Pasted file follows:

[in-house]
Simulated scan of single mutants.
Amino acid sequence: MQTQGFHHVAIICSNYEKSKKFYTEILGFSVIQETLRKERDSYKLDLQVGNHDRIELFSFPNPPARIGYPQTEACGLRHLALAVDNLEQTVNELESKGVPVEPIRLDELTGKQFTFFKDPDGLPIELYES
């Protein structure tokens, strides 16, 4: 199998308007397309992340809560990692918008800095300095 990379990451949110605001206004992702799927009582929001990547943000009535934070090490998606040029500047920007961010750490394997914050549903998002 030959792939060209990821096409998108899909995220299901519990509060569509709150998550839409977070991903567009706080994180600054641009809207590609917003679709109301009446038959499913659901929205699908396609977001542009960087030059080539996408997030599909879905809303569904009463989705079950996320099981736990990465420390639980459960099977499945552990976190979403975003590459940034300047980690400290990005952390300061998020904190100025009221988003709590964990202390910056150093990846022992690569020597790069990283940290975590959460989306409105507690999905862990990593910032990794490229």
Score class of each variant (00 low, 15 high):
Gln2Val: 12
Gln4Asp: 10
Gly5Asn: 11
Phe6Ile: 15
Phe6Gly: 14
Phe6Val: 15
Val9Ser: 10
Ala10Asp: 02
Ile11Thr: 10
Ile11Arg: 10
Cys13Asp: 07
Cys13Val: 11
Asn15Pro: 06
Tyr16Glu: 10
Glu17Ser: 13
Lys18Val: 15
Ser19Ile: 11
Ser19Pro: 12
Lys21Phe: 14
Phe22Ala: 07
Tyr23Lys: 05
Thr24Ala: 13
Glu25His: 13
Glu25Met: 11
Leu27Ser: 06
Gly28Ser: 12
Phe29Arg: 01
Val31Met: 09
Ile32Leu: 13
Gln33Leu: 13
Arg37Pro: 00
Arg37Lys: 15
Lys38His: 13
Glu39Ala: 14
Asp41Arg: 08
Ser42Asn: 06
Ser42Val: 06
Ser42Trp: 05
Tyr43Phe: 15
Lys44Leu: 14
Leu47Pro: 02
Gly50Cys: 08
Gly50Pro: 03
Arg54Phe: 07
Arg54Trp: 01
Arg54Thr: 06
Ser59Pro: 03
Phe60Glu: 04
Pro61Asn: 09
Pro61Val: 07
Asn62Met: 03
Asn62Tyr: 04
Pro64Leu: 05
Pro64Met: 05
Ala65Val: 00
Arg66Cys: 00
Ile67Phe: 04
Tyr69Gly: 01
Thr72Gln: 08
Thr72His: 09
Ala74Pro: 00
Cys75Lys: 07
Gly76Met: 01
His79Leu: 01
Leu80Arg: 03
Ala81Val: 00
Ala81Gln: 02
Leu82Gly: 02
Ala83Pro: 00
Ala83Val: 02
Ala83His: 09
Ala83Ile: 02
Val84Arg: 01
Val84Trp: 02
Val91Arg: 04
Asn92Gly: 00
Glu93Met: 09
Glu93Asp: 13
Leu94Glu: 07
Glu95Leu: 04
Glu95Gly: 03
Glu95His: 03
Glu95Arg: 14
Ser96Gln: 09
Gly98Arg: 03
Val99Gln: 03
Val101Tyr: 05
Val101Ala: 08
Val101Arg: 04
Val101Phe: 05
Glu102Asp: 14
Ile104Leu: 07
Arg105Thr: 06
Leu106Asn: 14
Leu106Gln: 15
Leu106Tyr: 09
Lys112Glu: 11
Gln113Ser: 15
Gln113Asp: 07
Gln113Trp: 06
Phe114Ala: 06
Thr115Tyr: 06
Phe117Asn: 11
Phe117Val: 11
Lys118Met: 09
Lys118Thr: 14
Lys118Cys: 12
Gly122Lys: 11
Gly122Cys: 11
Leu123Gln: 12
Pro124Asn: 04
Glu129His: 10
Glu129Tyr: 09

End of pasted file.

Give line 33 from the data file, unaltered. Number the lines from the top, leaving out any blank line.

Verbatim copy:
Val31Met: 09